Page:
In the time it takes you to read this post, at least one person will have gone to the emergency room because of a food allergy.
Researchers from the University of Saskatchewan hope to decrease that number. They’ve designed a cell-based treatment to re-educate your body so it doesn’t overreact to harmless foods.
Don’t shoot the messenger
It all starts with dendritic cells. These are your body’s patrol cells, continuously scouting for foreign invaders. When they find something, they rush to the lymph nodes to tell all the other immune cells. This usually leads to an immune response, causing symptoms like an itchy mouth, hives, vomiting, or, in the case of severe allergy, even death.
But dendritic cells don’t just turn on the immune response, they can also teach the body to be tolerant. It was this feature of dendritic cells that John Gordon, a Professor at the University of Saskatchewan and Co-chair of the Immunology Research Group, wanted to harness. In order to do this, the Gordon group collaborated with fellow University of Saskatchewan researchers Dr. Donald Cockcroft and Dr. Beth Davis, as well as the Canadian Food Allergy Strategic Team (CanFAST), headed by Dr. Ann Clarke at the University of Calgary and Professor Jean Marshall at Dalhousie University.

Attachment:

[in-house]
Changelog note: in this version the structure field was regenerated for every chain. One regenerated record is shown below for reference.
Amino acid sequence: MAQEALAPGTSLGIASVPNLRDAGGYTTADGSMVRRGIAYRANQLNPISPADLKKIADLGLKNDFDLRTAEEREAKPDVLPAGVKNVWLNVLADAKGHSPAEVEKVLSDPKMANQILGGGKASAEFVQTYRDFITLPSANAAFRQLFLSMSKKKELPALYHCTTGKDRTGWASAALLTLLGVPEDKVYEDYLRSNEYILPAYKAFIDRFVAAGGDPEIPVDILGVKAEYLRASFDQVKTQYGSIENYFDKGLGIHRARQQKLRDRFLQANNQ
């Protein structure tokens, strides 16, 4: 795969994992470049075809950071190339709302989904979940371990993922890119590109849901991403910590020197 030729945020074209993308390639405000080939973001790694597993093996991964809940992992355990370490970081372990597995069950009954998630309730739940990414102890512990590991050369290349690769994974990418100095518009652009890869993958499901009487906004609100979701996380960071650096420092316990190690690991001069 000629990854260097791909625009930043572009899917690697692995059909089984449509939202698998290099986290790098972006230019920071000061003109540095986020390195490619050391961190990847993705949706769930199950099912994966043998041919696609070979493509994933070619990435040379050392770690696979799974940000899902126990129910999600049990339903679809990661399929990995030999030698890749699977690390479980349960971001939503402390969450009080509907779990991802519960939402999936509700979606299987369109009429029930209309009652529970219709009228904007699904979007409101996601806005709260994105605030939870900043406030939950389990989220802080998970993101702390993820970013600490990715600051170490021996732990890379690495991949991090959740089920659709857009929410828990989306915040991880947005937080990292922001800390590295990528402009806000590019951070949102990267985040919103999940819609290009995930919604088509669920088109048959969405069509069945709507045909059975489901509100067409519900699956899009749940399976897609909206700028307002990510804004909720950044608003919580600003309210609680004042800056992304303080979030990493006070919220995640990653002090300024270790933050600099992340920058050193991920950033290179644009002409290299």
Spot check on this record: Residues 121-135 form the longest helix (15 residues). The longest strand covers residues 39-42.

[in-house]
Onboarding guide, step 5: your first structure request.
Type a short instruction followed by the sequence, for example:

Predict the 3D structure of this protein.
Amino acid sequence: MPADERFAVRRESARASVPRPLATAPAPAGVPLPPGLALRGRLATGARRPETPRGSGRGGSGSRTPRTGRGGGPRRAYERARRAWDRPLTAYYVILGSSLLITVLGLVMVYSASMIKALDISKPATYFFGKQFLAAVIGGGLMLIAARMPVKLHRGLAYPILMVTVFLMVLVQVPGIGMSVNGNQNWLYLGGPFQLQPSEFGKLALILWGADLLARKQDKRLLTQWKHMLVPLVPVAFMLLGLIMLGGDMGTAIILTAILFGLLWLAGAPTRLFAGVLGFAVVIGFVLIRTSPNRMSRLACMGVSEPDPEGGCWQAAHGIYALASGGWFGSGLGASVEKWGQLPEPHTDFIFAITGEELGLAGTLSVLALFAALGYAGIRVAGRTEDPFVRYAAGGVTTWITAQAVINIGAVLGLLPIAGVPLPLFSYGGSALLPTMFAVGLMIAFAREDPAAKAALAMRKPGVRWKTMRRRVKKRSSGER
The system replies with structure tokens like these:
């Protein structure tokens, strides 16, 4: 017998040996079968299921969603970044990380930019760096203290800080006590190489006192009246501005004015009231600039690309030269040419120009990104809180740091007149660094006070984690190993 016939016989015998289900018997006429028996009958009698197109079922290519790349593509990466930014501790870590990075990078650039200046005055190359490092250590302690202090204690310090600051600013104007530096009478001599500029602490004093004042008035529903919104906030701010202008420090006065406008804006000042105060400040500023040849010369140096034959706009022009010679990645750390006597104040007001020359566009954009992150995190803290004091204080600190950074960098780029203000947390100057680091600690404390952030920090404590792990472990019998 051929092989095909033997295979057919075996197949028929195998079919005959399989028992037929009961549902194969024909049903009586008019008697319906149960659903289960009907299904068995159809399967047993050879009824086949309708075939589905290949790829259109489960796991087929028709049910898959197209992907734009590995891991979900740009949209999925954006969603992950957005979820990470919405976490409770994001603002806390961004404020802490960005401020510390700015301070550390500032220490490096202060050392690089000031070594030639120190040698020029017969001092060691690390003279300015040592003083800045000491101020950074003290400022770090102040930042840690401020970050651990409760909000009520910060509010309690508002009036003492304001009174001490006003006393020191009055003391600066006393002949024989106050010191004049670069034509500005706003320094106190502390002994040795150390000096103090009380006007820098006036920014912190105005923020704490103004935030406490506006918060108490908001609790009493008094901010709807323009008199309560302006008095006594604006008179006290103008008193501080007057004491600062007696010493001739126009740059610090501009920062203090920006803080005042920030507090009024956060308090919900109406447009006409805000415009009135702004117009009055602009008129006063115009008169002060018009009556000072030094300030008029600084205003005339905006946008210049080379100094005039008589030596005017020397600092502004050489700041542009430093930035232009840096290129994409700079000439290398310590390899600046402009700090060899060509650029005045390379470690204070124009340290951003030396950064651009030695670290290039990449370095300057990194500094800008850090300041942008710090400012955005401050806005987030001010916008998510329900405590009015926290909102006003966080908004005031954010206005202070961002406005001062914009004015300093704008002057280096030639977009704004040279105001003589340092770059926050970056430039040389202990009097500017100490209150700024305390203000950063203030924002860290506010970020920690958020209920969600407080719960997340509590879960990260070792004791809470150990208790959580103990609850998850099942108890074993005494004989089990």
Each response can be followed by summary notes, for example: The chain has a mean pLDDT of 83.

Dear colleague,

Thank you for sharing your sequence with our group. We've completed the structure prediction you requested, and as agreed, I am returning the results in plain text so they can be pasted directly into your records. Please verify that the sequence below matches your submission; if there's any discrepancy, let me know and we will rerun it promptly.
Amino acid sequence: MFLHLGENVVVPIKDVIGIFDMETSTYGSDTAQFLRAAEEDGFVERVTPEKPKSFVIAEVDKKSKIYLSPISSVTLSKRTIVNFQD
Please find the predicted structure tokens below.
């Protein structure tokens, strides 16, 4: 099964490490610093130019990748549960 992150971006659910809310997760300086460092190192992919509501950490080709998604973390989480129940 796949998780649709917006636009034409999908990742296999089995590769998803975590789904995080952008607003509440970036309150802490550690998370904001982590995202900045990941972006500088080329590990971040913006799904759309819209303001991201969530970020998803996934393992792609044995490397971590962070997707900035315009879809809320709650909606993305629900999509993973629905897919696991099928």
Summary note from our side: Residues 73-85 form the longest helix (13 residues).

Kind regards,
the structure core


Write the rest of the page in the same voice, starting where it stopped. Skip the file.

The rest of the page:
The team found that by mixing dendritic cells with an allergen, like a peanut protein, and a small molecule called retinoic acid, the dendritic cells were programmed to tolerate that allergen. When these cells were introduced into mice with peanut allergies, they taught the mice to be tolerant, reducing allergic reaction to peanuts by 84-90%. Similar results were obtained with egg white proteins.
“If we were able to successfully reverse allergen sensitivity in humans, that would be life changing for affected individuals,” says Gordon.
But we might still have to wait a while before such treatments are ready for human testing. “It’s an interesting approach with interesting results, but the issue of curing food allergy is premature,” says Dr. Susan Waserman, a Professor of Medicine at McMaster University who was not involved in the study.
Waserman notes that the mouse model used in this study did not have a very severe allergy, so it remains to be seen whether this treatment would work in extreme cases. She is also curious about the duration of the effect.
Still, there is great potential for this type of immunotherapy, and not just for food allergies. Theoretically, any disease where the immune system attacks something harmless is fair game. This includes asthma, essentially an allergic reaction to airborne allergens, or even multiple sclerosis, where your immune system attacks the protective sheath that surrounds nerve cells.
Maybe one day, peanuts won’t be so scary and inhalers will be a thing of the past.